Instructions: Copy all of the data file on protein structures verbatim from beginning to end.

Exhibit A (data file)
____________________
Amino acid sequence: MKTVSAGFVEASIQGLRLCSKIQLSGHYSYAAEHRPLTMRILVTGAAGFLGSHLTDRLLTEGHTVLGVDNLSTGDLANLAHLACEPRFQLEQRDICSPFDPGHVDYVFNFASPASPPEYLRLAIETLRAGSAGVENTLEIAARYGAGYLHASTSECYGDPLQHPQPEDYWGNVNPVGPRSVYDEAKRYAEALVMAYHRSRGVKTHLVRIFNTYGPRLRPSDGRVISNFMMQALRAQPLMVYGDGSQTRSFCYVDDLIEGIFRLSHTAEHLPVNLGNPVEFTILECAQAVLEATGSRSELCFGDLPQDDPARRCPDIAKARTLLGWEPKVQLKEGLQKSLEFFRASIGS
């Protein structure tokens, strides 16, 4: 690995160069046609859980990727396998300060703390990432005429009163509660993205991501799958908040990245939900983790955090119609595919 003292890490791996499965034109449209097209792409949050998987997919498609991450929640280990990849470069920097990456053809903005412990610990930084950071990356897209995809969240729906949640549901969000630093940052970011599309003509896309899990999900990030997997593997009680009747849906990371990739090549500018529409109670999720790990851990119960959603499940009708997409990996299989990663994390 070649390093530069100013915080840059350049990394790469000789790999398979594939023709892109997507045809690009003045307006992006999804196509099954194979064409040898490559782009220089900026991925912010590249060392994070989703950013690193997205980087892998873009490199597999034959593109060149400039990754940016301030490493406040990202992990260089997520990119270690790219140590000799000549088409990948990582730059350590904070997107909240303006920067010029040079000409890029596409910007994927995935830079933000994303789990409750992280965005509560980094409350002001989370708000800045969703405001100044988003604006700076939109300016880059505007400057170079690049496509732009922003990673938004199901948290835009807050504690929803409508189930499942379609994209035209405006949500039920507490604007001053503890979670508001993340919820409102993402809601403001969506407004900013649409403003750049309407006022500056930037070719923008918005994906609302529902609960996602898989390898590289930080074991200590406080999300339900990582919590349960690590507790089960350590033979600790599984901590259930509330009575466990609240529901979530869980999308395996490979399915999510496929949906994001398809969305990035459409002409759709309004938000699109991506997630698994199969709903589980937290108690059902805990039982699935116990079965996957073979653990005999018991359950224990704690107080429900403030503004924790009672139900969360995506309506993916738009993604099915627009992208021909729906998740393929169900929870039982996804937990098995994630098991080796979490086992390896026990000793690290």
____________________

Amino acid sequence: MKTVSAGFVEASIQGLRLCSKIQLSGHYSYAAEHRPLTMRILVTGAAGFLGSHLTDRLLTEGHTVLGVDNLSTGDLANLAHLACEPRFQLEQRDICSPFDPGHVDYVFNFASPASPPEYLRLAIETLRAGSAGVENTLEIAARYGAGYLHASTSECYGDPLQHPQPEDYWGNVNPVGPRSVYDEAKRYAEALVMAYHRSRGVKTHLVRIFNTYGPRLRPSDGRVISNFMMQALRAQPLMVYGDGSQTRSFCYVDDLIEGIFRLSHTAEHLPVNLGNPVEFTILECAQAVLEATGSRSELCFGDLPQDDPARRCPDIAKARTLLGWEPKVQLKEGLQKSLEFFRASIGS
């Protein structure tokens, strides 16, 4: 690995160069046609859980990727396998300060703390990432005429009163509660993205991501799958908040990245939900983790955090119609595919 003292890490791996499965034109449209097209792409949050998987997919498609991450929640280990990849470069920097990456053809903005412990610990930084950071990356897209995809969240729906949640549901969000630093940052970011599309003509896309899990999900990030997997593997009680009747849906990371990739090549500018529409109670999720790990851990119960959603499940009708997409990996299989990663994390 070649390093530069100013915080840059350049990394790469000789790999398979594939023709892109997507045809690009003045307006992006999804196509099954194979064409040898490559782009220089900026991925912010590249060392994070989703950013690193997205980087892998873009490199597999034959593109060149400039990754940016301030490493406040990202992990260089997520990119270690790219140590000799000549088409990948990582730059350590904070997107909240303006920067010029040079000409890029596409910007994927995935830079933000994303789990409750992280965005509560980094409350002001989370708000800045969703405001100044988003604006700076939109300016880059505007400057170079690049496509732009922003990673938004199901948290835009807050504690929803409508189930499942379609994209035209405006949500039920507490604007001053503890979670508001993340919820409102993402809601403001969506407004900013649409403003750049309407006022500056930037070719923008918005994906609302529902609960996602898989390898590289930080074991200590406080999300339900990582919590349960690590507790089960350590033979600790599984901590259930509330009575466990609240529901979530869980999308395996490979399915999510496929949906994001398809969305990035459409002409759709309004938000699109991506997630698994199969709903589980937290108690059902805990039982699935116990079965996957073979653990005999018991359950224990704690107080429900403030503004924790009672139900969360995506309506993916738009993604099915627009992208021909729906998740393929169900929870039982996804937990098995994630098991080796979490086992390896026990000793690290």